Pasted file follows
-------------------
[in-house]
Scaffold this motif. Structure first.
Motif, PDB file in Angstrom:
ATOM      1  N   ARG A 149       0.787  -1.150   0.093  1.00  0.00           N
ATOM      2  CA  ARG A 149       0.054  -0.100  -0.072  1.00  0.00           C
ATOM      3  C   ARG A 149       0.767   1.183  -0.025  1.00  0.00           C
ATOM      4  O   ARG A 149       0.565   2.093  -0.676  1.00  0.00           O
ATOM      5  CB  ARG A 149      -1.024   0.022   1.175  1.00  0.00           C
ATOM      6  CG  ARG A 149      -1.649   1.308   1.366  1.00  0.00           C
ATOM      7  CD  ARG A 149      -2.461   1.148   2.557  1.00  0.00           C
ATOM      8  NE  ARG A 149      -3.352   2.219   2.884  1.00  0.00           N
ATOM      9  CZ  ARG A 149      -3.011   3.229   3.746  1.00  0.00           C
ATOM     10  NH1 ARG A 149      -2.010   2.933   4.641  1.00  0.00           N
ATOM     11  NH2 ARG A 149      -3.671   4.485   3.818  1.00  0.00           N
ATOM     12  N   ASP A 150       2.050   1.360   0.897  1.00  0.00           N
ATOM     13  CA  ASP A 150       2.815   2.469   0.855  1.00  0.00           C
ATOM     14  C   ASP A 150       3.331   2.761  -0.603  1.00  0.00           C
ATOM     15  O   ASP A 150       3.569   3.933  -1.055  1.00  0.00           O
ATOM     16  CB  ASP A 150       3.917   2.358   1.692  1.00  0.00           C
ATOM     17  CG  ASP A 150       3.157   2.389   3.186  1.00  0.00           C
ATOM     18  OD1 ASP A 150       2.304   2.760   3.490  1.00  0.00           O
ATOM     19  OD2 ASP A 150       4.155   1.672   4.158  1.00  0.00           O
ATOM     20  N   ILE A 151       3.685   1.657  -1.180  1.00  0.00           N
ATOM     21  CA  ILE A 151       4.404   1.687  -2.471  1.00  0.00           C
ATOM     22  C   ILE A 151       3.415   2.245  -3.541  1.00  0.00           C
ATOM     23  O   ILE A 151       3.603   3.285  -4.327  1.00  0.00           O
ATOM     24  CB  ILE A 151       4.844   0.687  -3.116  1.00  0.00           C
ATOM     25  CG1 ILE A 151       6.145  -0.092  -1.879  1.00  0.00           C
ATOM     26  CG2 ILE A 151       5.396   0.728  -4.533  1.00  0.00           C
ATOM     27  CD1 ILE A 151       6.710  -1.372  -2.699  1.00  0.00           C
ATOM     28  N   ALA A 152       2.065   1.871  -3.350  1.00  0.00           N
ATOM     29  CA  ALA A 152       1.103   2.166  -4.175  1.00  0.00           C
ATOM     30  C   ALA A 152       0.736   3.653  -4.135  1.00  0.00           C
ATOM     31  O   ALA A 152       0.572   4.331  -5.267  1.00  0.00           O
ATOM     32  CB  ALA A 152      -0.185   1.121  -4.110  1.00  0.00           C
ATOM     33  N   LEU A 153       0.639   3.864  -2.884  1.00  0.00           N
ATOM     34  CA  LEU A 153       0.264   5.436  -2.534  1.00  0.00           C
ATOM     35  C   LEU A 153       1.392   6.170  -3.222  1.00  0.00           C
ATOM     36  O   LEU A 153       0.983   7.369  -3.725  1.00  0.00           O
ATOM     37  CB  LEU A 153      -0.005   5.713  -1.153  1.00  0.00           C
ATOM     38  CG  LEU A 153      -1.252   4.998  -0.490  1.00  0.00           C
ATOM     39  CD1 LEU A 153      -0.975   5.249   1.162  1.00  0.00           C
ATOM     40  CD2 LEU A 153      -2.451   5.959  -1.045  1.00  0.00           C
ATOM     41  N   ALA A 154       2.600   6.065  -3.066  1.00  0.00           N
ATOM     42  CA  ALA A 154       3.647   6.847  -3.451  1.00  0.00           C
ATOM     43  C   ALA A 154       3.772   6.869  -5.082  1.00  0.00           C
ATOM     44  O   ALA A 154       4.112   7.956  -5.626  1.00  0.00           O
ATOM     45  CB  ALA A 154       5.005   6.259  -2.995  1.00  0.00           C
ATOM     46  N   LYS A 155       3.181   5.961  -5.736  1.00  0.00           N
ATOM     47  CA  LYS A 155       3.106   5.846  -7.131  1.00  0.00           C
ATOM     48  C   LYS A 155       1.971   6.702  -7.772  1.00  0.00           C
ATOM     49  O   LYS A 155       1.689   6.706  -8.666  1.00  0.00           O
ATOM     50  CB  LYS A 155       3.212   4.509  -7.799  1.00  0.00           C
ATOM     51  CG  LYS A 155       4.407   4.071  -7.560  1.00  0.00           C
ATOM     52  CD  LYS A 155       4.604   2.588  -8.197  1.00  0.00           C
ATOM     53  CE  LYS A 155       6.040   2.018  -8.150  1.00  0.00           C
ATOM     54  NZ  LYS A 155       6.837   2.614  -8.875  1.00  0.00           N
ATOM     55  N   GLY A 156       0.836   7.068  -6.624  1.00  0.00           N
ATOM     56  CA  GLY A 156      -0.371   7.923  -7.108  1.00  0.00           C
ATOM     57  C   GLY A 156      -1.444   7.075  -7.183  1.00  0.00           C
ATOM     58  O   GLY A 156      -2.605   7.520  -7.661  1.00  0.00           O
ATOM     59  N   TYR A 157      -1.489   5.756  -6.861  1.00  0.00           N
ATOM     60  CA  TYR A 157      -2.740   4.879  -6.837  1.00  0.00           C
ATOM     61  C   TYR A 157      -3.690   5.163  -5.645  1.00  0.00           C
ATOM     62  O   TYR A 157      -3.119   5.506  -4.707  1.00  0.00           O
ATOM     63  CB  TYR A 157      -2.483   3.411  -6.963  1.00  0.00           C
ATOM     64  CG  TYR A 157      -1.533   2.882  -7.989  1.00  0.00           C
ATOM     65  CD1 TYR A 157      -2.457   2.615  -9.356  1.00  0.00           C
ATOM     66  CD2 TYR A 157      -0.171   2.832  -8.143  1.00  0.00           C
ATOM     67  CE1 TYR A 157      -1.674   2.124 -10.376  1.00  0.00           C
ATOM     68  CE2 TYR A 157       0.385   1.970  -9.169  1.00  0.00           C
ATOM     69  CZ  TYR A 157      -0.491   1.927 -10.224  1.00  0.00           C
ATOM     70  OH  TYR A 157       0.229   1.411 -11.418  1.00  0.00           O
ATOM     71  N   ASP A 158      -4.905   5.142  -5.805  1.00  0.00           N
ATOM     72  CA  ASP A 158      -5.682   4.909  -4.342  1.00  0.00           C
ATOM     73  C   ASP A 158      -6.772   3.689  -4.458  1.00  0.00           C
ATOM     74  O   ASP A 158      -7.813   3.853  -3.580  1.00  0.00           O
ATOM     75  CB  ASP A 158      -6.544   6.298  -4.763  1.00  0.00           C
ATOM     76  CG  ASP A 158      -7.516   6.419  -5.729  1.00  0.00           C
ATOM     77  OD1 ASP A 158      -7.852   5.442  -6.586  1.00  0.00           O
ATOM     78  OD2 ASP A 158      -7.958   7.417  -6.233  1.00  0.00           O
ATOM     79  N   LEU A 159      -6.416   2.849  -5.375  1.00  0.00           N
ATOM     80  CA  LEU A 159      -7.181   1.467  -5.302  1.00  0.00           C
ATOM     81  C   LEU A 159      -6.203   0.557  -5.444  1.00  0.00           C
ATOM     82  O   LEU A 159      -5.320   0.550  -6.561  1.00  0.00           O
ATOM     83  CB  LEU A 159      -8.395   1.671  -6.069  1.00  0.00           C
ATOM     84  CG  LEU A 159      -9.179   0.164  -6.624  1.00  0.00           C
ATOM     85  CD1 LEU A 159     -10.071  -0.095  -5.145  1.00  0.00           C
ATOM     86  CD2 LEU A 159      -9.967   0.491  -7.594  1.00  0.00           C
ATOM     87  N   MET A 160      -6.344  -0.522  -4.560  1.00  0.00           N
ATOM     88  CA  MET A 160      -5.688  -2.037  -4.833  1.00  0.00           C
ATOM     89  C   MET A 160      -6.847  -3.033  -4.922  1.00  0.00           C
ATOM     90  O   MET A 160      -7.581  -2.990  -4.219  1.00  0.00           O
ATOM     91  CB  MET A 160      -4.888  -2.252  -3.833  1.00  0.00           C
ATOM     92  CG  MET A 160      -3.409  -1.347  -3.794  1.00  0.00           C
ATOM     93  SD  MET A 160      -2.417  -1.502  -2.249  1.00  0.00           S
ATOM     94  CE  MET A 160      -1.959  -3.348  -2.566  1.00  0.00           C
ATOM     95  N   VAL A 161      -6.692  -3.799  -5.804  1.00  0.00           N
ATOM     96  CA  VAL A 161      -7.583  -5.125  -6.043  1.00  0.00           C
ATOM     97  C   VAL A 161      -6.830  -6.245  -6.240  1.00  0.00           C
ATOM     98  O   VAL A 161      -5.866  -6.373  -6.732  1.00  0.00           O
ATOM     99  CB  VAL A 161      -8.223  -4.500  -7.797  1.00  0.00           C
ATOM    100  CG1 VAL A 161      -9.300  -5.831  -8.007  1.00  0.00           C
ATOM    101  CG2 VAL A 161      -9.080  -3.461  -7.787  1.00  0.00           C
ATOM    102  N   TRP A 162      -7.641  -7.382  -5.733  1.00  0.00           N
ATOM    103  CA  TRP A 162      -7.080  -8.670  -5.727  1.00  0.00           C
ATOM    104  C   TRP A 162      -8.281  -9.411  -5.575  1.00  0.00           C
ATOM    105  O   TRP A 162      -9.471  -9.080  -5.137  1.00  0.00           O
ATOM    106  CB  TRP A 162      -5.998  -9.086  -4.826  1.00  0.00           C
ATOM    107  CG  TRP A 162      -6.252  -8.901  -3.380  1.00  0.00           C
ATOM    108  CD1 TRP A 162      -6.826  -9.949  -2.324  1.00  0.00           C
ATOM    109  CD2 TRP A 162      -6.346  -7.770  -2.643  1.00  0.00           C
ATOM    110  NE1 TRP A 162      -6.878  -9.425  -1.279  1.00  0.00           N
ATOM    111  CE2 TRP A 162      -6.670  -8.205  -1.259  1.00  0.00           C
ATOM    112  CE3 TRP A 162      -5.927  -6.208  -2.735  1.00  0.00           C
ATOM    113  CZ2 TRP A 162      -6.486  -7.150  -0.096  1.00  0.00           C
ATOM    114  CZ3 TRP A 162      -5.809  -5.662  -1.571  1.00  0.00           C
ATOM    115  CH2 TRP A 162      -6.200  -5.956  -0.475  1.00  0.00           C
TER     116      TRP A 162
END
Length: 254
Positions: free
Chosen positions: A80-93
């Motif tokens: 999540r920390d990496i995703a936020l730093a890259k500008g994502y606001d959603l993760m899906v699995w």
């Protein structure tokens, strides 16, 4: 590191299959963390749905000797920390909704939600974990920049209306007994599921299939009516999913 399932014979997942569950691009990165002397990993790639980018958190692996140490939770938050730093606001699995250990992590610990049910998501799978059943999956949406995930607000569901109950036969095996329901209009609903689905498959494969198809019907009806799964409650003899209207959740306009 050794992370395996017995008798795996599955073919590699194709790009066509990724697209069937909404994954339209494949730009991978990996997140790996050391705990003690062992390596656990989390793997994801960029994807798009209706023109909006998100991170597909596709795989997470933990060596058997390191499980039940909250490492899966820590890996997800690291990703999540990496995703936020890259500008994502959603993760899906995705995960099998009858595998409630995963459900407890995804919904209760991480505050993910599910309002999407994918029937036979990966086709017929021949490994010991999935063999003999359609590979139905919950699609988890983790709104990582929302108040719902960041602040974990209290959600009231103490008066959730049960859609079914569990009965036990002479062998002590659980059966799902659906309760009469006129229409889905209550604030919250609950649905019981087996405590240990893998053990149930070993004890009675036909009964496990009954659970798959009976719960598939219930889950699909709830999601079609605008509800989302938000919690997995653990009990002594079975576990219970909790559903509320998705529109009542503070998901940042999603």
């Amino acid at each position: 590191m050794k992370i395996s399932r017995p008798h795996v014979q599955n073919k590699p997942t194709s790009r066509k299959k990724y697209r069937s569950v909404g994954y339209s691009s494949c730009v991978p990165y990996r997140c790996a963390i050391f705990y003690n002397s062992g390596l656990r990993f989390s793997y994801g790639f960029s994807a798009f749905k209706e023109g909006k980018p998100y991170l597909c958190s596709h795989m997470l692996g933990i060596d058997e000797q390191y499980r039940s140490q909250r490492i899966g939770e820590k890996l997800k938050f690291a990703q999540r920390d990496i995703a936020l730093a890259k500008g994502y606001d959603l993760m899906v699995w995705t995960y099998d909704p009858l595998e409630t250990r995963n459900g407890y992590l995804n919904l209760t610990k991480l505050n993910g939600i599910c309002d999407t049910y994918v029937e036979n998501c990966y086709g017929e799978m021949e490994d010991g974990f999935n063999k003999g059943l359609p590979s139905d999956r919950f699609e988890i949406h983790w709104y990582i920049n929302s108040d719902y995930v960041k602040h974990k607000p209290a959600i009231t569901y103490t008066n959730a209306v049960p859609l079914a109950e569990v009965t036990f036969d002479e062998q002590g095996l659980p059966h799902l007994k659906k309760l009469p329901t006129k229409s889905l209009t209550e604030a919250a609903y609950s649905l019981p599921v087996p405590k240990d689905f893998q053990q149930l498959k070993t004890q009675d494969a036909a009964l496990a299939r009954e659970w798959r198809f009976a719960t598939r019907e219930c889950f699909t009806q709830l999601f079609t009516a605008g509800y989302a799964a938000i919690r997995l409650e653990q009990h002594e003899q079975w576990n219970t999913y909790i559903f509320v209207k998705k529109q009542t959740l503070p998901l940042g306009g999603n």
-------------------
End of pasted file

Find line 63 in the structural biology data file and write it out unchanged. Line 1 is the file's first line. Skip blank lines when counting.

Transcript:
ATOM     60  CA  TYR A 157      -2.740   4.879  -6.837  1.00  0.00           C